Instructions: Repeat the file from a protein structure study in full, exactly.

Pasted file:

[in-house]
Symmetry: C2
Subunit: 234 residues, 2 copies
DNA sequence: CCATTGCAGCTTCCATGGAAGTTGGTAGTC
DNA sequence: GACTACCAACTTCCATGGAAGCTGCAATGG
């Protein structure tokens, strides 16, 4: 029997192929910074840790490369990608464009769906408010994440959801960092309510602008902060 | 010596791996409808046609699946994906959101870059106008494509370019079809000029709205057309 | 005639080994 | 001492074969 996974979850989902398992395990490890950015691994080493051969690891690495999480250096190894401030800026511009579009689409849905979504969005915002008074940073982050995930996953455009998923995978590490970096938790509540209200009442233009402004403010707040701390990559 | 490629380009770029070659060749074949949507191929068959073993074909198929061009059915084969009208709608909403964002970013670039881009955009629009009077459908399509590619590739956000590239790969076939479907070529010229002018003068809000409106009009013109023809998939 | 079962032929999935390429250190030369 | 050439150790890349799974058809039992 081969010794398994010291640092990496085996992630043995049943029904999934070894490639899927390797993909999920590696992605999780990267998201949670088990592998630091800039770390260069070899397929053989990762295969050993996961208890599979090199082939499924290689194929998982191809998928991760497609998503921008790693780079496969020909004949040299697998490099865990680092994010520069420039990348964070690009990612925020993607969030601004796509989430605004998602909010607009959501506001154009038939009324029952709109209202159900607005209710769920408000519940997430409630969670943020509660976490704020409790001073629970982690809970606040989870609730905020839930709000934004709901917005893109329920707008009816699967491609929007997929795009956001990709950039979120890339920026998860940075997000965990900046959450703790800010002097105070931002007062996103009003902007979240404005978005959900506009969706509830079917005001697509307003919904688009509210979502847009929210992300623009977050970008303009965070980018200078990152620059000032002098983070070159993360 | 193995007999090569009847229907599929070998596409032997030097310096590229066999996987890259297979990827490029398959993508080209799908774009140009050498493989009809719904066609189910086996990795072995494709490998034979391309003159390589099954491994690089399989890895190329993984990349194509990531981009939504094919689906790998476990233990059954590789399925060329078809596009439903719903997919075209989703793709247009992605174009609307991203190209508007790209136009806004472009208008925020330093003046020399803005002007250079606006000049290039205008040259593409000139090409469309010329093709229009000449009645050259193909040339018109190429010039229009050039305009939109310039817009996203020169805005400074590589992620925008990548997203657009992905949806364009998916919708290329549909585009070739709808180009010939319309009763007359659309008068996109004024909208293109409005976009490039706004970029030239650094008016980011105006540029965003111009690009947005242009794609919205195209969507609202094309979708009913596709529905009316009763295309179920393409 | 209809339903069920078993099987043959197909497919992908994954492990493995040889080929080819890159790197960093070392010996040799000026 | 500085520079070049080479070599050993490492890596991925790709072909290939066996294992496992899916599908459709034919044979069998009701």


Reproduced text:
[in-house]
Symmetry: C2
Subunit: 234 residues, 2 copies
DNA sequence: CCATTGCAGCTTCCATGGAAGTTGGTAGTC
DNA sequence: GACTACCAACTTCCATGGAAGCTGCAATGG
């Protein structure tokens, strides 16, 4: 029997192929910074840790490369990608464009769906408010994440959801960092309510602008902060 | 010596791996409808046609699946994906959101870059106008494509370019079809000029709205057309 | 005639080994 | 001492074969 996974979850989902398992395990490890950015691994080493051969690891690495999480250096190894401030800026511009579009689409849905979504969005915002008074940073982050995930996953455009998923995978590490970096938790509540209200009442233009402004403010707040701390990559 | 490629380009770029070659060749074949949507191929068959073993074909198929061009059915084969009208709608909403964002970013670039881009955009629009009077459908399509590619590739956000590239790969076939479907070529010229002018003068809000409106009009013109023809998939 | 079962032929999935390429250190030369 | 050439150790890349799974058809039992 081969010794398994010291640092990496085996992630043995049943029904999934070894490639899927390797993909999920590696992605999780990267998201949670088990592998630091800039770390260069070899397929053989990762295969050993996961208890599979090199082939499924290689194929998982191809998928991760497609998503921008790693780079496969020909004949040299697998490099865990680092994010520069420039990348964070690009990612925020993607969030601004796509989430605004998602909010607009959501506001154009038939009324029952709109209202159900607005209710769920408000519940997430409630969670943020509660976490704020409790001073629970982690809970606040989870609730905020839930709000934004709901917005893109329920707008009816699967491609929007997929795009956001990709950039979120890339920026998860940075997000965990900046959450703790800010002097105070931002007062996103009003902007979240404005978005959900506009969706509830079917005001697509307003919904688009509210979502847009929210992300623009977050970008303009965070980018200078990152620059000032002098983070070159993360 | 193995007999090569009847229907599929070998596409032997030097310096590229066999996987890259297979990827490029398959993508080209799908774009140009050498493989009809719904066609189910086996990795072995494709490998034979391309003159390589099954491994690089399989890895190329993984990349194509990531981009939504094919689906790998476990233990059954590789399925060329078809596009439903719903997919075209989703793709247009992605174009609307991203190209508007790209136009806004472009208008925020330093003046020399803005002007250079606006000049290039205008040259593409000139090409469309010329093709229009000449009645050259193909040339018109190429010039229009050039305009939109310039817009996203020169805005400074590589992620925008990548997203657009992905949806364009998916919708290329549909585009070739709808180009010939319309009763007359659309008068996109004024909208293109409005976009490039706004970029030239650094008016980011105006540029965003111009690009947005242009794609919205195209969507609202094309979708009913596709529905009316009763295309179920393409 | 209809339903069920078993099987043959197909497919992908994954492990493995040889080929080819890159790197960093070392010996040799000026 | 500085520079070049080479070599050993490492890596991925790709072909290939066996294992496992899916599908459709034919044979069998009701």